If you are looking for a quiet lake in the trees with the option of a picturesque hike…this place is for you. We stayed on a warm Friday night in July and had the entire lake to ourselves! Bring bug spray because the established camp sites are in the shade with the the mosquitoes. There is also a primitive pit toilet which is slightly better than digging a hole. In the National Park so I would recommend consulting with the local Ranger about a camping permit (White River Ranger Station).
We came into this camping trip expecting three things- 1. It was going to be hot, 2. The ground was going to be hard, and 3. It was going to be windy.
All three of those things were mostly true. When we first arrived on Saturday around noon, it was definitely hot, and definitely windy. We'd come prepared for the ground to be hard and bought new MSR Ground Hog stakes and a stake mallet. Say what you want, but that mallet is a game changer! Seriously, I don't know what took us so long to get one, but I'll never go back to the BAR method (Big A** Rock, haha).
What I wasn't quite expecting, and maybe I'll sound like a noob but I was in "hot southern California" mode, was how cold it would get at night. Our first night there dropped into the low 40s and felt even colder with the wind. We're not exactly strangers to the high desert coming from Utah, but I'll admit I wasn't as prepared as I probably should have been. I think when we go back we'll either bring a sunshade with a wind blocking wall (staked down to the max, our neighbors almost lost theirs) or just be spoiled and bring our camper. The first night we spent very little time outside of the tent once our food was finished cooking, and when we were outside it was a little miserable.
The next couple of days were a lot more manageable, as it was less hot and as a result less windy overall (less dramatic of a temperature swing). Our second night was windless and reasonably warm (in the 50s) and was generally pretty perfect.
My favorite thing about this campground was the huge rock formations spread throughout. It was a great source of entertainment for the kids in the campsite next to ours, as well as for me and our puppy. The campground was also big enough that we could walk our puppy plenty and tire him out without having to leave the campground.
The two things I didn't love are the fact that there is no water in the campground (understandable, and not something I think should change, but still kind of a pain), and that on the hot days the pit toilets were absolutely rank. I know it's a fine line to walk between accessibility to the campsites and not being so close that they make all of the campsites stink, but I felt like these were too far on the "too close to the campsites" side of things. I know pit toilets aren't perfect and sometimes there's just no way to avoid the smell, but this one seemed especially bad to me. Those two things combined are the only reason my review of the campground was bumped down to 4 stars instead of 5- overall it was a great experience and we had an AWESOME campsite, plus you can never go wrong with a guaranteed campsite in a park where most campgrounds are FCFS (Indian Cove is one of only 2 reservable campgrounds in Joshua Tree, and the better of the two in my opinion.)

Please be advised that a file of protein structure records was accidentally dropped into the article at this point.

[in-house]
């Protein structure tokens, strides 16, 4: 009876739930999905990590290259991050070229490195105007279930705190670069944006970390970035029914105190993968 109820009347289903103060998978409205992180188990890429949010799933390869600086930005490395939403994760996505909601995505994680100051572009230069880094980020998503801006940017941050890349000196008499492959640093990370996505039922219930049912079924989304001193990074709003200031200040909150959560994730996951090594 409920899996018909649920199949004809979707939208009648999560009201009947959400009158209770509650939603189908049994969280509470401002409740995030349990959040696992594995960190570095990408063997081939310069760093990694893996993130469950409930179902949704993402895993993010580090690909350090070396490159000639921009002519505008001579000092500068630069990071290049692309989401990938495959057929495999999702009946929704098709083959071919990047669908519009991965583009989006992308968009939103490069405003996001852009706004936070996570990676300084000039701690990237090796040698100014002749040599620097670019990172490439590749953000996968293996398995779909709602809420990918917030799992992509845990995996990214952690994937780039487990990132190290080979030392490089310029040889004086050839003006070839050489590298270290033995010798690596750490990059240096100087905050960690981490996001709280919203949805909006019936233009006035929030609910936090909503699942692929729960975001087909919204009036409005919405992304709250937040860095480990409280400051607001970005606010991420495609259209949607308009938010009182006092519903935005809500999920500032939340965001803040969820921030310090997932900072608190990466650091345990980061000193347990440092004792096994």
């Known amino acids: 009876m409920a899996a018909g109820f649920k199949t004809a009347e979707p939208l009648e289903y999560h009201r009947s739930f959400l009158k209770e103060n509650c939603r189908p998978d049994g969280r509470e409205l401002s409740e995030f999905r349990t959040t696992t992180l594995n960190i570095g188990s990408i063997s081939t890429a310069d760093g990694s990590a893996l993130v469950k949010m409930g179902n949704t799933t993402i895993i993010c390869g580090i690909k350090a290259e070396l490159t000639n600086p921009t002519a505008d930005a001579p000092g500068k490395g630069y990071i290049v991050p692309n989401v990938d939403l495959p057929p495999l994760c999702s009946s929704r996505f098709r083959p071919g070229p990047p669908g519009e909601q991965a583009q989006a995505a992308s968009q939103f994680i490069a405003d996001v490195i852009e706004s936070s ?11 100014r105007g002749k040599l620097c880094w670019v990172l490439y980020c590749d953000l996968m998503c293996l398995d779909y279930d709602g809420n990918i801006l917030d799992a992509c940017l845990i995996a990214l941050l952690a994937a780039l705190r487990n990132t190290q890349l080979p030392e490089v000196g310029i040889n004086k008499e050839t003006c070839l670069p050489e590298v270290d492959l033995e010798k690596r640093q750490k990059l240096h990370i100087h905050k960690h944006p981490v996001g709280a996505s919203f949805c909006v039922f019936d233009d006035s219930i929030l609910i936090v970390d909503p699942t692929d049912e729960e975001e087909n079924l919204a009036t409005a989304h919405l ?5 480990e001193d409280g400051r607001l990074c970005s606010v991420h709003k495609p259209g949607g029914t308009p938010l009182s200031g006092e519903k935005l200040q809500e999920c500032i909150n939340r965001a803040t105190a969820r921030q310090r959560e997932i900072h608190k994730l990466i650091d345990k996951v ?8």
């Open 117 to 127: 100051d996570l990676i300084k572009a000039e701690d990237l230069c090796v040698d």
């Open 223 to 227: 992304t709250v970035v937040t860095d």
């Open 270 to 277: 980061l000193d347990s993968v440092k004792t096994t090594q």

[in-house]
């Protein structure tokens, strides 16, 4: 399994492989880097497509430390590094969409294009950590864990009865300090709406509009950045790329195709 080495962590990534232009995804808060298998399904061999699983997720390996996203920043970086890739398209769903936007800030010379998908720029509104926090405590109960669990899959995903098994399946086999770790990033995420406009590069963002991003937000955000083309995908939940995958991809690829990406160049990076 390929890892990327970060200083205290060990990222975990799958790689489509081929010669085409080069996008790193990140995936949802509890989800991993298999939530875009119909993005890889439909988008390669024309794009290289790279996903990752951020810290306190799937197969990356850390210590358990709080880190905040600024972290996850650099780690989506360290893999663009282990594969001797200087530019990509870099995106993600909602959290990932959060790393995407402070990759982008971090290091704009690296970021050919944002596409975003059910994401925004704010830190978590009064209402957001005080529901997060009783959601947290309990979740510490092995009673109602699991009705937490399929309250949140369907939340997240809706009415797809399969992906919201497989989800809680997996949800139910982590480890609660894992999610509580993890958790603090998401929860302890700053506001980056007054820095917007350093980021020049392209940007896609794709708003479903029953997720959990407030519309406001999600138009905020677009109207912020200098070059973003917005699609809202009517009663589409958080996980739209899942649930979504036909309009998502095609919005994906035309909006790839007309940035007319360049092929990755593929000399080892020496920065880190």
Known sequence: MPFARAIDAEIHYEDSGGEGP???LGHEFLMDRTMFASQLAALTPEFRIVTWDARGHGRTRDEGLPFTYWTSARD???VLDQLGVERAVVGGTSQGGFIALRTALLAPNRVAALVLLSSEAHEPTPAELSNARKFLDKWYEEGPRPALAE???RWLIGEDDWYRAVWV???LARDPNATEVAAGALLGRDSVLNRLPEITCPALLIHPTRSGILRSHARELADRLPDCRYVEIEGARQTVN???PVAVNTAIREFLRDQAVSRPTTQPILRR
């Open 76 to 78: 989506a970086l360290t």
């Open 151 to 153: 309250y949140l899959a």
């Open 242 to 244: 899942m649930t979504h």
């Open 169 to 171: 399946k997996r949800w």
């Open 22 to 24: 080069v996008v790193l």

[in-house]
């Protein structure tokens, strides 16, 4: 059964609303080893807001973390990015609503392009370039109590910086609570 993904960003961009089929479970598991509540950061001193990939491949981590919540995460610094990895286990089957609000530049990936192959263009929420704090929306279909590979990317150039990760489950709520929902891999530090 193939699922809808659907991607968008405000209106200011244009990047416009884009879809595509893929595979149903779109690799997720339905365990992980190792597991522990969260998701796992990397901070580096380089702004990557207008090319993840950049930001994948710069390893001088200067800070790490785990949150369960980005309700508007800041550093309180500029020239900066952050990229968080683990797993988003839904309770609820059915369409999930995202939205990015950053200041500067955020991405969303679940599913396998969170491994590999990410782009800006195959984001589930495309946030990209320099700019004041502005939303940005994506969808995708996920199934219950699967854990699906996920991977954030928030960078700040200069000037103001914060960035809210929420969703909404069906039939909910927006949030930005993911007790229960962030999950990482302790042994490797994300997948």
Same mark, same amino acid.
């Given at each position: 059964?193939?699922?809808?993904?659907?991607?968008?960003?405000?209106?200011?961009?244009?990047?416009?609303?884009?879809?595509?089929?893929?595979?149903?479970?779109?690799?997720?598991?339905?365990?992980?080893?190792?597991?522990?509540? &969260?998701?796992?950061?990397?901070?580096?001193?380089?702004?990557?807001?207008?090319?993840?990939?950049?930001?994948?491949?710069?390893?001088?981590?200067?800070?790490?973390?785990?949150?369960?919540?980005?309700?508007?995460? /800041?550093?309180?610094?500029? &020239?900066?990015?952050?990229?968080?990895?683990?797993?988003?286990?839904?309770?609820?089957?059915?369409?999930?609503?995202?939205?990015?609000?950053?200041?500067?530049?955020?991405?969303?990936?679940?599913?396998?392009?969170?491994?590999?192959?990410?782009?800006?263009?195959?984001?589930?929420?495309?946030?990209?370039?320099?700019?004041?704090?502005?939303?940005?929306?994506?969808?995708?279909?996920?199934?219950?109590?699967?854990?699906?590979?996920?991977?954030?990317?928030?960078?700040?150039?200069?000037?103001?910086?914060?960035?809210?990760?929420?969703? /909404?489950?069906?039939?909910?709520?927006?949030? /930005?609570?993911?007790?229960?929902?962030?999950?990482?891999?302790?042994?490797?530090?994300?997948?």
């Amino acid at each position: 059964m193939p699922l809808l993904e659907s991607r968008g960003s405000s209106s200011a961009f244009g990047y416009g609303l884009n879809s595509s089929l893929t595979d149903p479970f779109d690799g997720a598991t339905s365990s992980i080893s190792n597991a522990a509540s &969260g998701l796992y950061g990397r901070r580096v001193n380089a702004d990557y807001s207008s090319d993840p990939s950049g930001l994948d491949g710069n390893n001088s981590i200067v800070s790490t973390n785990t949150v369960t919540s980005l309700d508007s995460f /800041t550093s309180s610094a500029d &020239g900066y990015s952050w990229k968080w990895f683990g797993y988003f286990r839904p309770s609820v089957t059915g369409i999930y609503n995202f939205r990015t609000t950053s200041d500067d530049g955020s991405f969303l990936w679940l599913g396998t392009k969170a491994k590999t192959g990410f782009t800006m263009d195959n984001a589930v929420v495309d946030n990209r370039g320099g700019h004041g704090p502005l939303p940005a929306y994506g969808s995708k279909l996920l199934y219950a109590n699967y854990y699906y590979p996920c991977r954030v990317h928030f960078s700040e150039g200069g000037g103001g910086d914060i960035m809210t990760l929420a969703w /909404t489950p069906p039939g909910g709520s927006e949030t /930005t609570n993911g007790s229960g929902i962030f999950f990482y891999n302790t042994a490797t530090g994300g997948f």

As a Ranger for The Dyrt, I get products to test from time to time, and on this trip my husband and I tested some Oofos sandals. I'll admit without shame that when I pulled them out of the box and squeezed them, I actually did say, "OOOOOH!" They are super cushy! We used them in the mornings when we needed to let our puppy out of the tent, and when we got back to camp after a long day of hiking, and they were absolutely perfect for both uses. We both liked that they're all one piece and a lot less likely to break with wear, and they're insanely lightweight- they'd be a perfect backpacking camp shoe! They have great support and great cushion, and even my husband (who normally dislikes sandals) has really liked them- enough that he's said something to me, which only happens if he genuinely likes something. So good job, Oofos, you won the approval of Mr Impossible-to-Please! Haha. I think the only thing that I personally would change is that I found the toe on the flip flops to be a bit uncomfortable, and I think I'd be happier with a slide style like my husband got.
You can also read our entire trip report on our blog at The Wild Groves!
This is one of those campsites that has some great proximity to wonderful views but is far enough into the park that it doesn't fill up immediately. I showed up late on a holiday evening and was still able to snag a spot before it filled up. There are plenty of available resources at this park to include fire pits, tables, electrical hook ups, water hook ups, fire wood, and even showers. The proximity to Jackson Lake is also a wonderful feature of the campground. If you are into night photography this is a great place to get away and find some pretty nice shots.
Alabama Hills is located off the beautiful Highway 395. Camping here is a great experience, no designated sites just open land and so much open space. The view of the mountains and rock formations are a must see. This should be on everyone's bucket list.